John C Mathers and Carlos Celis-Morales
Good dietary patterns are associated with improved health and well-being but many people find it difficult to change their eating habits. In this study we tested the idea that a “personalised nutrition” approach would be better in helping people improve their diets.
Why diet matters
Poor dietary patterns lead to poor health and increased risk of obesity and a wide range of common diseases including cardiovascular disease, several cancers and type 2 diabetes. Despite knowing that we should improve our diets by eating more vegetables and fruit, cutting down on fatty foods and going easy on sugary drinks and confectionary, many people find it difficult to make sustained improvements in their dietary choices. Knowing what we should do is not enough. We need interventions which help us to make, and to keep on making, appropriate changes in what we eat.
Continue reading “Personalised nutrition is better than a “one size fits all” approach in improving diets”
Marij Zuidersma, Jisca S Kuiper, Sytse U Zuidema
Good social relationships are important for people’s happiness and well-being, but they also appear to be good for your health. In the current systematic review and meta-analysis we evaluated whether good social relationships are associated with maintaining cognitive performance in old age.
Cognitive performance comprises the brain-based skills we need to carry out any task from the simplest to the most complex. It involves amongst others learning, memory, planning, problem-solving, speed of thinking, paying attention and concentration. With increasing age cognitive performance declines. For some people, this decline comes faster than for others. People with poor cognitive performance are at higher risk of developing dementia and problems with performing daily activities. Currently, there are no effective treatments to delay the onset of cognitive decline. Therefore, it is important to identify modifiable factors that might delay the onset of cognitive decline.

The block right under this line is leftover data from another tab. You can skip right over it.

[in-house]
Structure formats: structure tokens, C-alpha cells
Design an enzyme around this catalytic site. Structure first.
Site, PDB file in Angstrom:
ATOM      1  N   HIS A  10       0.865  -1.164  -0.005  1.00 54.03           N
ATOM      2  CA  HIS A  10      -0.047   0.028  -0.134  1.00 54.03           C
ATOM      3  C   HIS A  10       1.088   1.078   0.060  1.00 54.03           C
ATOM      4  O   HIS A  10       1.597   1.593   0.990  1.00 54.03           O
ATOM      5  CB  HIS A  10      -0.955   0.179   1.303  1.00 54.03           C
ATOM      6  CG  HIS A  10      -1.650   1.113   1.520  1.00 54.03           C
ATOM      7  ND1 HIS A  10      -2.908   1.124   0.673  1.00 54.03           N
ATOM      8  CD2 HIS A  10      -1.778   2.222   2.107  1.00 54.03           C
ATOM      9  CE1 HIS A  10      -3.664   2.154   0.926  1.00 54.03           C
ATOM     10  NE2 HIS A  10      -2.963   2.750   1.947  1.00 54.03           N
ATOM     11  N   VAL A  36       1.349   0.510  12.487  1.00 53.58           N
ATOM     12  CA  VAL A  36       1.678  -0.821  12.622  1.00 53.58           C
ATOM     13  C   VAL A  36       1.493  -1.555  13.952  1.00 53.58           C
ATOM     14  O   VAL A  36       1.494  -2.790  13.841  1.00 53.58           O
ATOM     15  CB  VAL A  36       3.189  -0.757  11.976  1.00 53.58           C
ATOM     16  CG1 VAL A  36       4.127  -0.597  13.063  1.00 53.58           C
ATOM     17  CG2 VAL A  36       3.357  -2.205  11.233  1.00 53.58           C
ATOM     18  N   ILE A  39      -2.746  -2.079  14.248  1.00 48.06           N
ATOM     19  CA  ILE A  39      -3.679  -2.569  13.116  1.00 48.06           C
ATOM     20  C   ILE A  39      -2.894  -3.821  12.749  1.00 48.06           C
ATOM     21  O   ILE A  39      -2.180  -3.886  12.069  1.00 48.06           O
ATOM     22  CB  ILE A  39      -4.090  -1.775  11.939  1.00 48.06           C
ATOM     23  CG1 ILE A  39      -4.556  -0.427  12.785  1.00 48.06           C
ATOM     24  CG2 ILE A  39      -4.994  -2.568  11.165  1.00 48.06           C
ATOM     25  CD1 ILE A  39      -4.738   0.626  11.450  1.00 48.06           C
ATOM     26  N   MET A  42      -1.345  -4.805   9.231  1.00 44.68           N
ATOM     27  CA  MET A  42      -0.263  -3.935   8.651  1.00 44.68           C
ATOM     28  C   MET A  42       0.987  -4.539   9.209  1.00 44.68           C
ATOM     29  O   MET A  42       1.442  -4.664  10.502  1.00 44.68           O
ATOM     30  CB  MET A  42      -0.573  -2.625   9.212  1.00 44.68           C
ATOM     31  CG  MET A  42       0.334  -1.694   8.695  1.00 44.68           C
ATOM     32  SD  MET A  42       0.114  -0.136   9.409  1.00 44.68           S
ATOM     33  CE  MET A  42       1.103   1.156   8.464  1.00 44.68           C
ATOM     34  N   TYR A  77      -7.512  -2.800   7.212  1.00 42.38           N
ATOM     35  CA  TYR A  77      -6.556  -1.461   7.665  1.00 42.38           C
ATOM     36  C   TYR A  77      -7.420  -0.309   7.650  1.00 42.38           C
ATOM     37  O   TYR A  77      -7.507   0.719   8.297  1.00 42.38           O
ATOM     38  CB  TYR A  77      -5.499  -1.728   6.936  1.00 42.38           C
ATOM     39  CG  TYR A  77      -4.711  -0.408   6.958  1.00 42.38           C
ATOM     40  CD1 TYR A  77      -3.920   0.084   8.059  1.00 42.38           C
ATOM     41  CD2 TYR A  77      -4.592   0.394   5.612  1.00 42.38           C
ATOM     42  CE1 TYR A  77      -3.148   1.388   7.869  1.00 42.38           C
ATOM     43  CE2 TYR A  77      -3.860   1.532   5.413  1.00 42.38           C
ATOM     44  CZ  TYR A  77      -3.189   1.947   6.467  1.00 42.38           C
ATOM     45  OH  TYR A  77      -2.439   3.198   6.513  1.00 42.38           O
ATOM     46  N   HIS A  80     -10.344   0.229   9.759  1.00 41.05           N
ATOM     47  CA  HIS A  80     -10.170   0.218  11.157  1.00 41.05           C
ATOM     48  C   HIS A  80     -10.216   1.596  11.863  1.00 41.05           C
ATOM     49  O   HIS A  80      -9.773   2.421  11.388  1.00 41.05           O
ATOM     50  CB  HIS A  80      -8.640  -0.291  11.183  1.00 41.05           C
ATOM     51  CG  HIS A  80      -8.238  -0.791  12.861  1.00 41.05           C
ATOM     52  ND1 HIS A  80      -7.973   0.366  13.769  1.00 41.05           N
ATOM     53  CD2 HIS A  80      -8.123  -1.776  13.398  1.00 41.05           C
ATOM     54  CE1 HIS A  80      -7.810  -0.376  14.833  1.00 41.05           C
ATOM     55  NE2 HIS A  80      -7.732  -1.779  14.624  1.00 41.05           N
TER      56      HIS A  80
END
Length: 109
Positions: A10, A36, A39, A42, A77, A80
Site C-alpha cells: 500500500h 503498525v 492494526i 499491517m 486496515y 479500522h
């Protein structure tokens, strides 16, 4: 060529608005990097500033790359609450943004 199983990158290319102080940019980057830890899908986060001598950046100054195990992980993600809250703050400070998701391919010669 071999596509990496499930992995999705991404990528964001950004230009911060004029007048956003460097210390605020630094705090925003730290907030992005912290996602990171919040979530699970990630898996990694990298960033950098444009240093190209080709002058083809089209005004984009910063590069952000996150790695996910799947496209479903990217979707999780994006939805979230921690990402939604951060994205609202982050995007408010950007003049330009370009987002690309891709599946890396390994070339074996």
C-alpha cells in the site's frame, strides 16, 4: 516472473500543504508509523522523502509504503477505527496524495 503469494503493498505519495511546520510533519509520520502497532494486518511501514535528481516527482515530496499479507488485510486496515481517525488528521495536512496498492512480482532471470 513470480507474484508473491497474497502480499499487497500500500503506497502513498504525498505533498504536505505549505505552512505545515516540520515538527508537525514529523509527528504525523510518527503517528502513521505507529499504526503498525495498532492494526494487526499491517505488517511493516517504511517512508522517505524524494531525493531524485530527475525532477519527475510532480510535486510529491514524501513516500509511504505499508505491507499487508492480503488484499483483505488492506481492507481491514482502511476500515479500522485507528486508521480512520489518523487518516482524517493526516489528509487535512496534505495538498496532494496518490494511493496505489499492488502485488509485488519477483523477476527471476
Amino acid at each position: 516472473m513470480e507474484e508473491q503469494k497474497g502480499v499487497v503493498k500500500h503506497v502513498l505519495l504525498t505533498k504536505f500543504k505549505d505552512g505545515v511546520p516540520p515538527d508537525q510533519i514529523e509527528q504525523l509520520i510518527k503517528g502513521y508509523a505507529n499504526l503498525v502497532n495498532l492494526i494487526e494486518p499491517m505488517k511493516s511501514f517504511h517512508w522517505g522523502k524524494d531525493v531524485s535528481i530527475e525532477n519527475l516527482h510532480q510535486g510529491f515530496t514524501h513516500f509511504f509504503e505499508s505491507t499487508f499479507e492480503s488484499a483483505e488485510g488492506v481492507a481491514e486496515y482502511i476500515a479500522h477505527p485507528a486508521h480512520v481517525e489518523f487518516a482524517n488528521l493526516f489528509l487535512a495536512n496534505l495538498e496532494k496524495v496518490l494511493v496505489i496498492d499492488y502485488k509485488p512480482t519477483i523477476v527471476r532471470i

Continue reading “Social relationships may delay the process of cognitive decline”
In my earlier blog post, I introduced the concept first of thinking about demographic data like spatial data, and like spatial data producing ‘maps’ of the data’s demographic topography; and secondly, of reifying and rendering these statistical surfaces as three dimensional objects, either using computer generated imagery or 3D printers. This blog post will describe just one of these surfaces, a ‘statistical sculpture’ showing how the logarithm of mortality risk has changed for males in Finland from 1878 to 2012. Continue reading “Lexis Cubes 2 – Case-study: Log mortality for males in Finland, 1878 to 2012”
A Lexis surface is a Cartesian mapping of three attributes to three dimensions:
- year (or another measure of absolute time) to the x axis,
- age (or another measure of relative time) to the y axis,